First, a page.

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[graphic] Ashland Railroad Addition Historic District
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Current view of A Street in the Railroad Addition Historic District
Photograph by Terry Skibby

When the railroad arrived from the north in early 1884, to be followed three years later by the completion of the through line into California, Ashland became a major port of entry into Oregon and the Pacific Northwest. The anticipated arrival of the railroad instigated a major wave of building and the platting of this section of Ashland when it was sold to the Oregon and California Railroad Company in 1873. The subsection that grew around the new Southern Pacific Railroad Depot doubled Ashland's size and quickly developed into a distinct region within the city largely governed by "train time." Ashland's Railroad District provided housing and traveler-based commercial services that were almost entirely related to the railroad. Lots were created in random patterns and, beginning in 1884, residences and commercial buildings were constructed. The Ashland Depot Hotel was built in 1888 and by 1890, lodging houses, saloons, restaurants, stores and warehouses formed a separate commercial district on A Street where residents could conveniently purchase goods and services.

[rotating photos] Historic views of the Railroad Addition from the 1890s to the 1910s
From the National Register collection

By 1893, the national depression slowed building in the district, but when railroad business increased in 1898, the second major period of growth began. As railroad workers and tradespeople moved into the area after 1900, one or one-and-one-half story vernacular frame houses were being constructed that provided affordable housing for the brakemen, firemen, and conductors, as well as carpenters, barbers, plumbers and painters. Ashland's population nearly doubled from 1900 to 1910, rising above 5,000. The growth of this section of Ashland was affected by the Southern Pacific Railroad's Natron Cut-off, a new route that created a direct route between California and Portland.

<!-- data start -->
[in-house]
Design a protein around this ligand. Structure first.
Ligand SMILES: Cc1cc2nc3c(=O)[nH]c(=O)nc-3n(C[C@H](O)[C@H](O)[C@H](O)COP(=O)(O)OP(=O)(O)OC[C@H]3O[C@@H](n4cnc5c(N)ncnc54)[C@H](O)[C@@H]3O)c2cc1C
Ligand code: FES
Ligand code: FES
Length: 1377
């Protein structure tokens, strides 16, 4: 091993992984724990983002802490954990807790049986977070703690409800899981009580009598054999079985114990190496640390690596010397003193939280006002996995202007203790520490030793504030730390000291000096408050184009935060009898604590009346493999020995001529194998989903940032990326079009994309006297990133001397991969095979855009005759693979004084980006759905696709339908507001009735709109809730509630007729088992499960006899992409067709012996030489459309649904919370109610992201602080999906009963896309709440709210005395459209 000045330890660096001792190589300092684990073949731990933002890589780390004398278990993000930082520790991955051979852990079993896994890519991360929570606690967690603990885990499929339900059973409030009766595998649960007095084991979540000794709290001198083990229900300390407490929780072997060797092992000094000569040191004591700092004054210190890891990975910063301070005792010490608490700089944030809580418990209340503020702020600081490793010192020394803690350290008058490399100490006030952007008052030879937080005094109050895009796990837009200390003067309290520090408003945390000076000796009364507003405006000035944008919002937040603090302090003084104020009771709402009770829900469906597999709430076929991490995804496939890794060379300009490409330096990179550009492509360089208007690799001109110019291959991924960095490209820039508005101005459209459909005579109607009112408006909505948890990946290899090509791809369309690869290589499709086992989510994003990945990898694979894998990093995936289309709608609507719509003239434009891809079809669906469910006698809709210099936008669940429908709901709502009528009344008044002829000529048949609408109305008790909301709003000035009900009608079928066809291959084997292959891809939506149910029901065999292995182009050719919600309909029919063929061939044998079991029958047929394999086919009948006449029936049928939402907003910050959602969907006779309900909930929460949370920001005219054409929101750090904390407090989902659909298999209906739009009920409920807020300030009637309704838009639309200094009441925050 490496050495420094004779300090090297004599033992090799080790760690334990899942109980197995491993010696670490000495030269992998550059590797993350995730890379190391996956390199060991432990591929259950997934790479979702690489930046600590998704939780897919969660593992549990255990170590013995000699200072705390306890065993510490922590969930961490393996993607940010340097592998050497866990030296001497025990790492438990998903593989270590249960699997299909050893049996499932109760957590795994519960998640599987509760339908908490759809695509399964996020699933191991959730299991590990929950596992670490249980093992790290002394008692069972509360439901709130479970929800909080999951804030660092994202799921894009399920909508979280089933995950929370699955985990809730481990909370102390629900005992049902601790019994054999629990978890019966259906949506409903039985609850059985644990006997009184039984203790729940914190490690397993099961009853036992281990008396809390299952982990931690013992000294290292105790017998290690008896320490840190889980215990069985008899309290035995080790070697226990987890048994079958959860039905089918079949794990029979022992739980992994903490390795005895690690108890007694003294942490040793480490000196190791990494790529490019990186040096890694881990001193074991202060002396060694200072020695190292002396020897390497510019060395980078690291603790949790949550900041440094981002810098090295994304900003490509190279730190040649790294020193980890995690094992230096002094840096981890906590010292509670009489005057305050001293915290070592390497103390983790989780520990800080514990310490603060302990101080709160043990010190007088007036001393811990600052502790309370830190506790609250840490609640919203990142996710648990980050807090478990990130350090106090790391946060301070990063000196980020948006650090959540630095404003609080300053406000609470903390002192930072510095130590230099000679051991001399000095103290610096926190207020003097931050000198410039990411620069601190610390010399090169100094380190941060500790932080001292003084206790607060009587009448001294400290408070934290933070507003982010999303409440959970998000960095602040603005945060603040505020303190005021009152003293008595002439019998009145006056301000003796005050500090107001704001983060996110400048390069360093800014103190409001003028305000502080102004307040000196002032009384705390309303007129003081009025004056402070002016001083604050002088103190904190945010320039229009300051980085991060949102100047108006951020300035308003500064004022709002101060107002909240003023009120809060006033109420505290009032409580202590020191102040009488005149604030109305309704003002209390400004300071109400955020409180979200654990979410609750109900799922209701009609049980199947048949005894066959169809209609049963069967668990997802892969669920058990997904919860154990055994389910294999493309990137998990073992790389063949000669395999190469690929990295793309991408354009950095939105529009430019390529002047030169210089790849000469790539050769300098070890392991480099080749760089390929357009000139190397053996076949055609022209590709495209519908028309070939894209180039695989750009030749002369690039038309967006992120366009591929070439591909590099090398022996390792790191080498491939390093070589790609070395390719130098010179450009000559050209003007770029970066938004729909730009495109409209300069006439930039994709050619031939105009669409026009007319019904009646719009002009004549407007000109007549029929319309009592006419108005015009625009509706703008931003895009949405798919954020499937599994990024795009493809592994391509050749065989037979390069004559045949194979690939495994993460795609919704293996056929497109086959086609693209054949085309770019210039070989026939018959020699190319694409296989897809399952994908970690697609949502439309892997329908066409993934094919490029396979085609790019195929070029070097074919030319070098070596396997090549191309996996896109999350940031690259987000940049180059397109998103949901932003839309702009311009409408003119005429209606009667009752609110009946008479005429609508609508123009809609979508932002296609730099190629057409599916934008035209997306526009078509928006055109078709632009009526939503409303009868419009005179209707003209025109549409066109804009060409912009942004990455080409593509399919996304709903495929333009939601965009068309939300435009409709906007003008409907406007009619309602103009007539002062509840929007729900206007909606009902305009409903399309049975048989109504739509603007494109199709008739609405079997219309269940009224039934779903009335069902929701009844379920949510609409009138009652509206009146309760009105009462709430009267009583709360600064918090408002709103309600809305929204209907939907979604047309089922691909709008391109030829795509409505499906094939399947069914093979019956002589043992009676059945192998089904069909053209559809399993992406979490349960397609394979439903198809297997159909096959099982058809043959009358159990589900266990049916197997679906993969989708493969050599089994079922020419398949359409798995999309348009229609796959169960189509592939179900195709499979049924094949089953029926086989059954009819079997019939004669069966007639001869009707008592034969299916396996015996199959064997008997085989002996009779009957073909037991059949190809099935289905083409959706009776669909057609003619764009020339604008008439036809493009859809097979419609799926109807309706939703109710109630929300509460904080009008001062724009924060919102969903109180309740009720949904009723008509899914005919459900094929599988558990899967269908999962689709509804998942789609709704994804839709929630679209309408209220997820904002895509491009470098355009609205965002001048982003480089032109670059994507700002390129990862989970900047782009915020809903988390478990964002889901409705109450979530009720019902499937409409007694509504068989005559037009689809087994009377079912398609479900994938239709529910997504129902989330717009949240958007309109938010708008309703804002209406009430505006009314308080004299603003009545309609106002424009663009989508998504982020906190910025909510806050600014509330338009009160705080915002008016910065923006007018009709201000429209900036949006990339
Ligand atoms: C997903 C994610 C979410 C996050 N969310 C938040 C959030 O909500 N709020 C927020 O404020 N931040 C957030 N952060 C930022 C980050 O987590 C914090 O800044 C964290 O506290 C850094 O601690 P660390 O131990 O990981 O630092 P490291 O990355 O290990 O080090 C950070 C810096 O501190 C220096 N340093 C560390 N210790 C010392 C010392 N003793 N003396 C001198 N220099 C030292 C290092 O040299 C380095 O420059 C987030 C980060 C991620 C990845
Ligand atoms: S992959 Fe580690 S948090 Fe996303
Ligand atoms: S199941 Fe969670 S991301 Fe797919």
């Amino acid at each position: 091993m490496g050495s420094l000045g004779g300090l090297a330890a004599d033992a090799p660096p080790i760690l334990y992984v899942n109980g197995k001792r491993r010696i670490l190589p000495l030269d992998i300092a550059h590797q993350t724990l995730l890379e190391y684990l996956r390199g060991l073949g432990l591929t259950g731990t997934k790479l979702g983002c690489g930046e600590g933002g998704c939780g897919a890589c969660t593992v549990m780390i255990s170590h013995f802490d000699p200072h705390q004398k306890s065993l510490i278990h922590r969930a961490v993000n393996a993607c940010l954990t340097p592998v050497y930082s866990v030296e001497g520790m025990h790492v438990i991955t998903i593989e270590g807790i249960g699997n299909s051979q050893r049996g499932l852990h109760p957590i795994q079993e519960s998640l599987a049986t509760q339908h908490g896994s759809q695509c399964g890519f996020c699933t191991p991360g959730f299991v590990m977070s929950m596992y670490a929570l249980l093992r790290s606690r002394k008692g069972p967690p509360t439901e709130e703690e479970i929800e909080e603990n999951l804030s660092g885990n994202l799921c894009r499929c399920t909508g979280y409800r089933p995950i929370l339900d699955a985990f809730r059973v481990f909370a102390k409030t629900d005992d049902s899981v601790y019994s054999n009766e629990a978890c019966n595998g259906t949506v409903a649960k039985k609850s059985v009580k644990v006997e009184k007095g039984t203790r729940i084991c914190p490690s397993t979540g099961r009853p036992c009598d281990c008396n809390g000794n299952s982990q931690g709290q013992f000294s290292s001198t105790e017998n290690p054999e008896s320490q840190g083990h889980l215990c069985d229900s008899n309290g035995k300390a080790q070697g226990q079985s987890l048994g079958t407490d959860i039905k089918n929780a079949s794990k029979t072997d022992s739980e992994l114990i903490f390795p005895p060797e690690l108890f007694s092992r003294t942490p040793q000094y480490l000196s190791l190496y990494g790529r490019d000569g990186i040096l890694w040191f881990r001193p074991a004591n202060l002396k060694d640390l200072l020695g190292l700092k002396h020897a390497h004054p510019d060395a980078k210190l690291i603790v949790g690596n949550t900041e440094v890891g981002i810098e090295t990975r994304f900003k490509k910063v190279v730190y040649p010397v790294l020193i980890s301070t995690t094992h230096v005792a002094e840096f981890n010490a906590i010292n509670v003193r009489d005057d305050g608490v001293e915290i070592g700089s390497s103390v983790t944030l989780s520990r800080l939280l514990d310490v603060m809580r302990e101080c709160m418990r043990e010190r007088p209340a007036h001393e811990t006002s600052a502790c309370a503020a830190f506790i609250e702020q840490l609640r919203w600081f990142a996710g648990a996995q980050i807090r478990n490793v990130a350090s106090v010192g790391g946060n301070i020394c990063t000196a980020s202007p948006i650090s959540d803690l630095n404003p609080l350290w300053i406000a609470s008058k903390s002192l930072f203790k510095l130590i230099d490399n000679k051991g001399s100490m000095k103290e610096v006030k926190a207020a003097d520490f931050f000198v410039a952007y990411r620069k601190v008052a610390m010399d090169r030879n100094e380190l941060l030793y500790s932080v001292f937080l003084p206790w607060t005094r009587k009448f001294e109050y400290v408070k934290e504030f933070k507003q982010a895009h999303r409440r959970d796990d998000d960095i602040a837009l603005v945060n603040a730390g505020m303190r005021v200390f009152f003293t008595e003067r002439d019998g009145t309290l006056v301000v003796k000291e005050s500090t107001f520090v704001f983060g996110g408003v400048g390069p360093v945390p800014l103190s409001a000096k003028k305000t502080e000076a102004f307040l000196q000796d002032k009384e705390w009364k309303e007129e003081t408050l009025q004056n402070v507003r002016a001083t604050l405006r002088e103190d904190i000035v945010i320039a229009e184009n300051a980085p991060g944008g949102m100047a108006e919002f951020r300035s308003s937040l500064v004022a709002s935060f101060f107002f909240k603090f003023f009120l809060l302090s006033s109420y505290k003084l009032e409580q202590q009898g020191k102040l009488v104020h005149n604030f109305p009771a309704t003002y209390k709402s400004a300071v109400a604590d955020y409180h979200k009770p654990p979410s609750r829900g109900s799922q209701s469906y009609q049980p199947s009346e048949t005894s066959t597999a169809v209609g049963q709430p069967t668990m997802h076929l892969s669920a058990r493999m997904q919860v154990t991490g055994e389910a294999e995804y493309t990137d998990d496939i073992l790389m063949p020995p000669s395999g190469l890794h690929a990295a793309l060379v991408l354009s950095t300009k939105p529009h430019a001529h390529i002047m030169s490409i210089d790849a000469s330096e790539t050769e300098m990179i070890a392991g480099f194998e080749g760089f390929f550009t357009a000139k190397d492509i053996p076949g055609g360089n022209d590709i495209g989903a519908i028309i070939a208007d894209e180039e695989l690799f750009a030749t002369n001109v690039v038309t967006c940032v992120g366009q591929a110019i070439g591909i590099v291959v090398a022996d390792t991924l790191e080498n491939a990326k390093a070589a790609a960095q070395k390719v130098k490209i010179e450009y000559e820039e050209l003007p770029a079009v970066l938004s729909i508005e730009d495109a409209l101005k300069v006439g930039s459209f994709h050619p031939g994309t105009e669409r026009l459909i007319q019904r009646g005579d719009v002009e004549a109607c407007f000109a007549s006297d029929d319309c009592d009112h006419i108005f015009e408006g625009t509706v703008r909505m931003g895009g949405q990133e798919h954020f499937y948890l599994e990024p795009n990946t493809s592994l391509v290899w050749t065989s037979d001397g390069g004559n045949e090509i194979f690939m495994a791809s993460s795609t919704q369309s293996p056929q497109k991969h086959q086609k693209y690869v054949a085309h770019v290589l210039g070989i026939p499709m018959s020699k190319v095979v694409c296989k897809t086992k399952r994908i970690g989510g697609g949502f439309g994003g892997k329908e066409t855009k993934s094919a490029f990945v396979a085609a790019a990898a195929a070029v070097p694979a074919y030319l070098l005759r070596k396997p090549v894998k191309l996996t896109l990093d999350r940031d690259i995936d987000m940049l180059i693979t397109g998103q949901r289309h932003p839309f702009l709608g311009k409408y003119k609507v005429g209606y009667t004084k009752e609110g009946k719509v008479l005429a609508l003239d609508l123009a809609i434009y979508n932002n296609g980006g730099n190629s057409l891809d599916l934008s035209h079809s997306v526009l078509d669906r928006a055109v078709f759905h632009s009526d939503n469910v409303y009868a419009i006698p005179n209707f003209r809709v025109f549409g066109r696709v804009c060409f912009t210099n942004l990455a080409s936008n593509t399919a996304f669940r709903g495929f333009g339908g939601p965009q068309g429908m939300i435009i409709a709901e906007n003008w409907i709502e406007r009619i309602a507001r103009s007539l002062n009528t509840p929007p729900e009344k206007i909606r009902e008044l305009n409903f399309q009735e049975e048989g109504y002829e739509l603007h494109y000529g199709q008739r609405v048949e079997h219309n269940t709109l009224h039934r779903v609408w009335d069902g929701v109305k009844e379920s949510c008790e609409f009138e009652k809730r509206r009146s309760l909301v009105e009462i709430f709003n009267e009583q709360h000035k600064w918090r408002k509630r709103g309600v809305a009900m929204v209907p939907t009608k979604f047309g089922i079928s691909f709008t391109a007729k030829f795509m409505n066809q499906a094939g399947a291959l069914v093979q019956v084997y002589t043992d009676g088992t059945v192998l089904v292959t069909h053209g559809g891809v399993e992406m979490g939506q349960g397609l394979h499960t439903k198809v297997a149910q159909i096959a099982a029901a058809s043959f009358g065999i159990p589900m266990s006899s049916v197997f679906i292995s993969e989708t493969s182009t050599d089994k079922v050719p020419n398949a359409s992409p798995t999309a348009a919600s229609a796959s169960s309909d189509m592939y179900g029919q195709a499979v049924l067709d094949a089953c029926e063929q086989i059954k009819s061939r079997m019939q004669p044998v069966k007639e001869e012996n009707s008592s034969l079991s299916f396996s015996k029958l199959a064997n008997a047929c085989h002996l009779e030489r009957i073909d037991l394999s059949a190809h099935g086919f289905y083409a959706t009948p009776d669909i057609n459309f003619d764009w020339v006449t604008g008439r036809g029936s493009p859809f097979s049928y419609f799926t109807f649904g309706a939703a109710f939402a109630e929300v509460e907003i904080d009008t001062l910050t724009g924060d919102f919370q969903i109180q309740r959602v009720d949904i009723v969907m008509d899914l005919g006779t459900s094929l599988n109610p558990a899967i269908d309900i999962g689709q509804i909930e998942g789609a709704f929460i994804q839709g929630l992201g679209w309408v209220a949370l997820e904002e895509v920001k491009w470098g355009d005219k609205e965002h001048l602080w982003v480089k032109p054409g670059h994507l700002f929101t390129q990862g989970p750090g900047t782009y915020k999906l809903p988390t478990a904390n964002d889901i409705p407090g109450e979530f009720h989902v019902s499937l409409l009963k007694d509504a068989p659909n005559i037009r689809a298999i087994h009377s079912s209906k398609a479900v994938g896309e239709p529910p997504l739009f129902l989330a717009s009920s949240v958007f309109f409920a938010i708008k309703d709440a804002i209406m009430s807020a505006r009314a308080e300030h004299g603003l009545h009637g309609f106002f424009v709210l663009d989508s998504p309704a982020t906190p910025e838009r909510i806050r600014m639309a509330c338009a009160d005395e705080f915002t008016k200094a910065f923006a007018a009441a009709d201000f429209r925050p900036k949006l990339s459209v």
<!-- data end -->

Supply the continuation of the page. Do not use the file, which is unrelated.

After 1927, when Southern Pacific shifted its main route to the east, the Ashland Railroad Addition Historic District became a quiet backwater within the larger city, removed from the downtown area's automobile-related development. During and after World War II, the old Railroad Addition became the site of affordable residential and modest industrial uses, while still retaining its historic character in large part because of the city's local historic district designation. Today it still retains a strong visual connection to its early days while having added a number of art galleries and other cultural attractions. Many of Ashland's historic buildings, sites, and homes lie within this historic district, including the John McCall House, the Ashland Cemetery, the John and Charlotte Pelton House, the Ashland National Guard Armory, the Peerless Rooms Building, and the South Wing of the Ashland Depot Hotel, among others.

The Ashland Railroad Addition Historic District is roughly bounded by Lithia Way/East Main, Oak, A and 8th sts in Ashland.

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